Artboards allow Photoshop documents to have multiple workspaces at set resolutions. In this video, learn how to create, modify, and rearrange artboards within a Photoshop document.
- [Instructor] Before we get started designing, I want to tell you all about artboards and how they can save you time. I'm here in the new document window and I've chosen the web presets. I'm going to pick Web Large to create a 1920 x 1080 canvas and I just want to make sure that under Preset Details in the right-hand column, Artboards has been checked. Now, I'm going to click Create. Now, this looks like any traditional new document in Photoshop, except that the blank layer 1 is actually nested inside of an artboard.
Artboards are independent work spaces that you can keep inside of a single file. Select Artboard 1 in the layers panel, and then come up over to the top-left corner in the toolbar. Underneath the Move tool is a new tool that was added in 2015 called the Artboard Tool. With the Artboard Tool selected I can actually change among any of the presets for that artboard. So, if I actually needed to design for 1280 x 800 canvas I can change that on the fly.
Additionally, I going to zoom out and show you one other feature of the Artboard Tool. With the Artboard Tool selected, and an artboard selected in the layers panel, you're able to click the + button to create new artboards of the exact same dimensions as the artboard you just clicked from. Going to hit Command + 0 to zoom out a little bit and I'm going to select Artboard 1 again and click a + on the right side as well. Except for Artboard 3, I'm going to change this to Web Medium and zoom back out.
You can have multiple artboards of multiple sizes. This is really great way if you're designing for different sizes and scales of web browsers, for different device sizes or if you just need to be able to focus on different aspects of a design. I'm going to duplicate three more artboards. Artboard 4, which I'll set to Web Small; I'll create an artboard beneath both Artboard 5 and Artboard 3; and hit Command + 0 or Control + 0 on a PC to zoom back out and show you one other feature that you have with the Artboard Tool.
If you click an artboard by its name, you can rearrange it within the document. It even snaps using the default pink guides to tell you where that artboard is positioned in relationship to other artboards. Artboards don't behave the same way as folders do in the layers panel. I'm going to come to Layer 1 and Artboard 1, I'm going to use the Marquee Tool, hitting M, to trace out a rough rectangle and I'm going to switch over to the Paint Bucket Tool by hitting G and I'm just going to fill that in and then hit Command or Control + D to deselect that.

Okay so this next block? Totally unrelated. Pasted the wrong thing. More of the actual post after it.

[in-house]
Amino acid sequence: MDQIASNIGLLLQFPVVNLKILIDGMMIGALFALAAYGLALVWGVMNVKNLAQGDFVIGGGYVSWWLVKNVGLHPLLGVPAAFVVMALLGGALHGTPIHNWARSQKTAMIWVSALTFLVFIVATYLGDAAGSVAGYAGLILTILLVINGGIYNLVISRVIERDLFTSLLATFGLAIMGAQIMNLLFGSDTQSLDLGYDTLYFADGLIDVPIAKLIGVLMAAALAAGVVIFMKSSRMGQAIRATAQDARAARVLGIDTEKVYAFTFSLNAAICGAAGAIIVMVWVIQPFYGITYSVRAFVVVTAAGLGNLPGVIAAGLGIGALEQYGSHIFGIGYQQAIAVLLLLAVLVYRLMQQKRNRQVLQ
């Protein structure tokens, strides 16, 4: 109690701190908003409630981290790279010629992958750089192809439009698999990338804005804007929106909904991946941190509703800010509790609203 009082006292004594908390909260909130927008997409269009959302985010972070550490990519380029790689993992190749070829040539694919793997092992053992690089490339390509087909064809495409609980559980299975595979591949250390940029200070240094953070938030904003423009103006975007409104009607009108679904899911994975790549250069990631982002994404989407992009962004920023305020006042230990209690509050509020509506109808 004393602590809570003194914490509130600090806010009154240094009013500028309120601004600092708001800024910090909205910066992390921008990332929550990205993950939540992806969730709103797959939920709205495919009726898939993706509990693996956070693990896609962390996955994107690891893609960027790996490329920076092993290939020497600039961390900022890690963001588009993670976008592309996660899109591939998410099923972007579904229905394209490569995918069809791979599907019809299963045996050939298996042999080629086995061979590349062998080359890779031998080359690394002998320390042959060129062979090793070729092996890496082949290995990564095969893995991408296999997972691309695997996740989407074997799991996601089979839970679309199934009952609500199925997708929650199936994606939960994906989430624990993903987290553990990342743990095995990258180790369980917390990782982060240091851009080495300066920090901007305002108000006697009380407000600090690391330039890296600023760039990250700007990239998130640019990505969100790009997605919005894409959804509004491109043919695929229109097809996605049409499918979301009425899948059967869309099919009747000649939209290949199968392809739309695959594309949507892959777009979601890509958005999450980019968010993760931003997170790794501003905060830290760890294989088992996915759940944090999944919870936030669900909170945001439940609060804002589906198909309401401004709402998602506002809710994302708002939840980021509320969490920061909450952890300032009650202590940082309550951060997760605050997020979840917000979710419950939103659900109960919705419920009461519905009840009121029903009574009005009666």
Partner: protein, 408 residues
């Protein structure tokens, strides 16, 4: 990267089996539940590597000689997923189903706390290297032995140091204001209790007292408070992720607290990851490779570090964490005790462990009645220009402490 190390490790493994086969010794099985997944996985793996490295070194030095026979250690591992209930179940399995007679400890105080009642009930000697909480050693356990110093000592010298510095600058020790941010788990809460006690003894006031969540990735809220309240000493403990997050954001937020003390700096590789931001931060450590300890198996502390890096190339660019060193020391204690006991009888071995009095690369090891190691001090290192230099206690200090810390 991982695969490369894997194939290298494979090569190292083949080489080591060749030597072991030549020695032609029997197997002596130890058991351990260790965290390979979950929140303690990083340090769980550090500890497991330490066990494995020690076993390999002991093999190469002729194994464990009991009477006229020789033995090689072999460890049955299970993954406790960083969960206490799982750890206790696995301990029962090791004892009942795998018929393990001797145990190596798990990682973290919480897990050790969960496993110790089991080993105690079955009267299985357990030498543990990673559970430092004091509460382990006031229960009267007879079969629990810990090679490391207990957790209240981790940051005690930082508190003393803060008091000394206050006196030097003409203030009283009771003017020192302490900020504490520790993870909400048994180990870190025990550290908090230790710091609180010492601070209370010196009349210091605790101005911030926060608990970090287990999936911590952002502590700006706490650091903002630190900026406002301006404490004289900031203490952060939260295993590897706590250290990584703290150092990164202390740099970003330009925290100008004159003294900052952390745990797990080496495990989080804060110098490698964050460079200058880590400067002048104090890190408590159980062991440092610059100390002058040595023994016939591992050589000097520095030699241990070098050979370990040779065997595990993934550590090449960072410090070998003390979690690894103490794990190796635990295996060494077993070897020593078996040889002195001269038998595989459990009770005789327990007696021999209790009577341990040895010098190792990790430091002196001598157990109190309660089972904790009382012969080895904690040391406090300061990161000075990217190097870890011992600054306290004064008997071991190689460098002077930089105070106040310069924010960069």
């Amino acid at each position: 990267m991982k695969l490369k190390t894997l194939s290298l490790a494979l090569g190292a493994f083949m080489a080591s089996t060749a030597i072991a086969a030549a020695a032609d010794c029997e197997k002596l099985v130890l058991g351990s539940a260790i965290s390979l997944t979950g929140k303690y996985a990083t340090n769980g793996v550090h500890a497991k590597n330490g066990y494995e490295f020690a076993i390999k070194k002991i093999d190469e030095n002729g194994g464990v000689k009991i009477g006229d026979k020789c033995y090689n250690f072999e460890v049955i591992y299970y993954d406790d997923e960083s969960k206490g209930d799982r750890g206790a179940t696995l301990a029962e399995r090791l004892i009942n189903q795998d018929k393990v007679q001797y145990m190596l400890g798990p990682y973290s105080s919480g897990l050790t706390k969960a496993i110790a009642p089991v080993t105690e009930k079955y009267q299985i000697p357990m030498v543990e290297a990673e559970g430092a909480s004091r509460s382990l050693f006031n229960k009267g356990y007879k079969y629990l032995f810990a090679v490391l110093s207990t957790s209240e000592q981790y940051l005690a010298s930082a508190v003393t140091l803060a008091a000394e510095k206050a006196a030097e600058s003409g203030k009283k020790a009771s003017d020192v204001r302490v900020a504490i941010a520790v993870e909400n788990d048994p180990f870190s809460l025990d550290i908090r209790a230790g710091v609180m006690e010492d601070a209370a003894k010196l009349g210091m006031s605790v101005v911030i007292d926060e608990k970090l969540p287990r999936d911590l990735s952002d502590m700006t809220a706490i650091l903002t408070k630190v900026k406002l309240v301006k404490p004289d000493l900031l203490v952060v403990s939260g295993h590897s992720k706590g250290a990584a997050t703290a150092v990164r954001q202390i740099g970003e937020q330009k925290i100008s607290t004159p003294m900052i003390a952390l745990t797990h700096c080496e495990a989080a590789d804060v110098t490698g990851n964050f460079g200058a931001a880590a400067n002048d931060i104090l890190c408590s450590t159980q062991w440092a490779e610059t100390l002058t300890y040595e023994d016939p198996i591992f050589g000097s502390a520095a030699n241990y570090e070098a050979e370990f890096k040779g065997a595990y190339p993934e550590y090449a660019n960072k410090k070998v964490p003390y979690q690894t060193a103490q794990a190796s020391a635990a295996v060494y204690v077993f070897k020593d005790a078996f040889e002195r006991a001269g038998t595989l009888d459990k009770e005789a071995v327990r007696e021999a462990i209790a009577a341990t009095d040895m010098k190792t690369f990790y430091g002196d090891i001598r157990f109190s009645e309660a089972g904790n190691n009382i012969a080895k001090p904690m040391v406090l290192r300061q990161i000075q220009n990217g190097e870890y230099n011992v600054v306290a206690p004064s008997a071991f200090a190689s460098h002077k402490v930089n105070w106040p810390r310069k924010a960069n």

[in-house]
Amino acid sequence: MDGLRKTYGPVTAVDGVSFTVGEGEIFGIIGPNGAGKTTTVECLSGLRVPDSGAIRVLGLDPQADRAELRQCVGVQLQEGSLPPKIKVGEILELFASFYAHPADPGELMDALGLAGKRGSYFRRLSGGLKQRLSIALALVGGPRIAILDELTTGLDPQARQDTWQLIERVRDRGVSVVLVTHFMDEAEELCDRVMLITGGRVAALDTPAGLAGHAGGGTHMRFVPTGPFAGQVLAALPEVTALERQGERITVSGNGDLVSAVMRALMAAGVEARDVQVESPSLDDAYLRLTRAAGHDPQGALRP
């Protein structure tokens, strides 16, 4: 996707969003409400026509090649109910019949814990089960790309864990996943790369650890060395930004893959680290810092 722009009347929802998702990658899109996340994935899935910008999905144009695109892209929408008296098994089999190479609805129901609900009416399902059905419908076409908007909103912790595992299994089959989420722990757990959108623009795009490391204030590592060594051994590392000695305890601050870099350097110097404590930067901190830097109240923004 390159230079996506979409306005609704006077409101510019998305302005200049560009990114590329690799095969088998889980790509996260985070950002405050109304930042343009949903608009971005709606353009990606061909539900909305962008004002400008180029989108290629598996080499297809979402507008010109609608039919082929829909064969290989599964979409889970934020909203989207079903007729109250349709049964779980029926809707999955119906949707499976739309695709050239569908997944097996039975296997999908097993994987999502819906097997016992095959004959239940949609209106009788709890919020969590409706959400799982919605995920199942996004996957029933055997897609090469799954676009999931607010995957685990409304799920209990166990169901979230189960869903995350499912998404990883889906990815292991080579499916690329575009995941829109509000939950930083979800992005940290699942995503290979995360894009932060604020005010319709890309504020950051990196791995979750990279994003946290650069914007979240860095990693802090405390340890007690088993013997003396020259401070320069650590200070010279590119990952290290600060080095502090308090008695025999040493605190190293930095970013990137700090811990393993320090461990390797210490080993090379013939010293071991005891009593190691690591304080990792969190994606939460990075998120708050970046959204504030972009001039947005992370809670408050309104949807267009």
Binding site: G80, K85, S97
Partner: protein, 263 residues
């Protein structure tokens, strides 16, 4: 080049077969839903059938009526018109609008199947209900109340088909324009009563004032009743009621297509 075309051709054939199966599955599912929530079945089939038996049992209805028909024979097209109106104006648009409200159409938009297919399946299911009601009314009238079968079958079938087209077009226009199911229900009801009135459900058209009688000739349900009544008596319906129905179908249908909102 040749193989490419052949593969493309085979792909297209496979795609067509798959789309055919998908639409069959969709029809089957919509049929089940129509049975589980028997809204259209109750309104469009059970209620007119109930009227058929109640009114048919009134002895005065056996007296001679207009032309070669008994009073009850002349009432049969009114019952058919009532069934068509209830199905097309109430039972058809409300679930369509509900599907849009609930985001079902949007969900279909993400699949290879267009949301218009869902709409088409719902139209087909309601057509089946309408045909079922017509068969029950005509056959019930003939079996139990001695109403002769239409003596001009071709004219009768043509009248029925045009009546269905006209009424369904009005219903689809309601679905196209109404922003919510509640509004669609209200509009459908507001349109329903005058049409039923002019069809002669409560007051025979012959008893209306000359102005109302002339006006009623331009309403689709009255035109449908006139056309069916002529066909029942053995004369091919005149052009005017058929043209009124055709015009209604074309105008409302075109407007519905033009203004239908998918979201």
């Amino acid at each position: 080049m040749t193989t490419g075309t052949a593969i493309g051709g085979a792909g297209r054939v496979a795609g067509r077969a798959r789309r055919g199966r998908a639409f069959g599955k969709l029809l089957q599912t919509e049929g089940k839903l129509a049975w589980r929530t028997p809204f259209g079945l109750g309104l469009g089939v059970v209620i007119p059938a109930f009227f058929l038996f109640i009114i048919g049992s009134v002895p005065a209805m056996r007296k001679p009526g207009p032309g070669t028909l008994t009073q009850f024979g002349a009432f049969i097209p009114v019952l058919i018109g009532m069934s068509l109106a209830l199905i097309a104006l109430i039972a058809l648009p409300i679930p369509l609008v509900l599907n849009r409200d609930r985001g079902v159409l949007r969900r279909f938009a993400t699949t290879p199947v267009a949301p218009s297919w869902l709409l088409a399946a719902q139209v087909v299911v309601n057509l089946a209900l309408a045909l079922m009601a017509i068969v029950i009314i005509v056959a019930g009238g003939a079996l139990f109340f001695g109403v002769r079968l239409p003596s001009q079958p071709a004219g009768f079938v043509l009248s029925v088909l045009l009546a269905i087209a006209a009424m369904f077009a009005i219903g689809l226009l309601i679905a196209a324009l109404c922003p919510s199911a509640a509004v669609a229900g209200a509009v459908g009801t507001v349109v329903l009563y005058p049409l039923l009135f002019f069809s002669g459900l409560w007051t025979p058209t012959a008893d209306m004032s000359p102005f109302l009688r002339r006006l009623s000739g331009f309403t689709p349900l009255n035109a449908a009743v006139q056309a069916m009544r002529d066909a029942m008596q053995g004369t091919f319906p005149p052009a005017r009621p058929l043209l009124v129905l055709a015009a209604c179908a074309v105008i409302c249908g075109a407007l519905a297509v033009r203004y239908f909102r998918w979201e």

I'm going to move this layer between Artboard 1 and Artboard 3. Clicking and dragging, you'll notice that at a certain point it cuts over in between the layers and as it does the artboard name is bolded. When I let go of this layer, not only did it move it to the right, but if you look at the layers panel, Layer 1 is now under Artboard 3. I can do this with any artboard. I can drag it to Artboard 6, Artboard 2, but if you try to drag it to a location where normally it would overlap, it's only going to display in the artboard that it's contained underneath.
Now, this behavior is wonderful and time-saving if you understand how it works but there's not really a precedent in Photoshop for this behavior, so keep that in mind. I'm going to come back to the Artboard Tool from our Move Tool by hitting Shift + V and I want to disable one setting: Auto-Nest Layers the feature that keeps layers snapped under a particular artboard. If you disable this feature, it allows you to drag the layer from the layers panel up and outside of any of the artboards.
This can be useful if you're annotating artboards and we'll talk some about that a little bit later in the course. But if that behavior is frustrating you, just know that you can disable it. Artboards also have properties that are accessible in the Properties panel. You can set specific dimensions, width and height for the artboard, you can access the X and Y coordinates of where that artboard lies on the overall canvas of your document. You can change your artboard to a different preset the same way that you can at the top bar, when the Artboard Tool is selected and from here you can also change the artboard background color.
This is pretty standard. White, Black, Transparent or a custom color that you can define. I'm going to change that back to white for now but just know that there are a handful of options that you can customize, because if you're working on a white design with white backgrounds, it gets a little difficult. Artboards are a great way to design for multiple devices and outputs at the same time and it makes it easy to store multiple versions of the same screen inside the same file. Now that we've seen just the basics of the Artboard Tool itself, and some of the settings and practices to keep in mind, we're ready to start building.
- Creating a document with artboards
- Using grids, guides, and guide layouts
- Adding placeholders and text
- Using ligature fonts for icons
- Using layer comps to display states
- Using Adobe Preview CC
- Exporting artboards for review
- Exporting assets for use in InVision
- Working with user interface kits
- Extracting CSS values from a design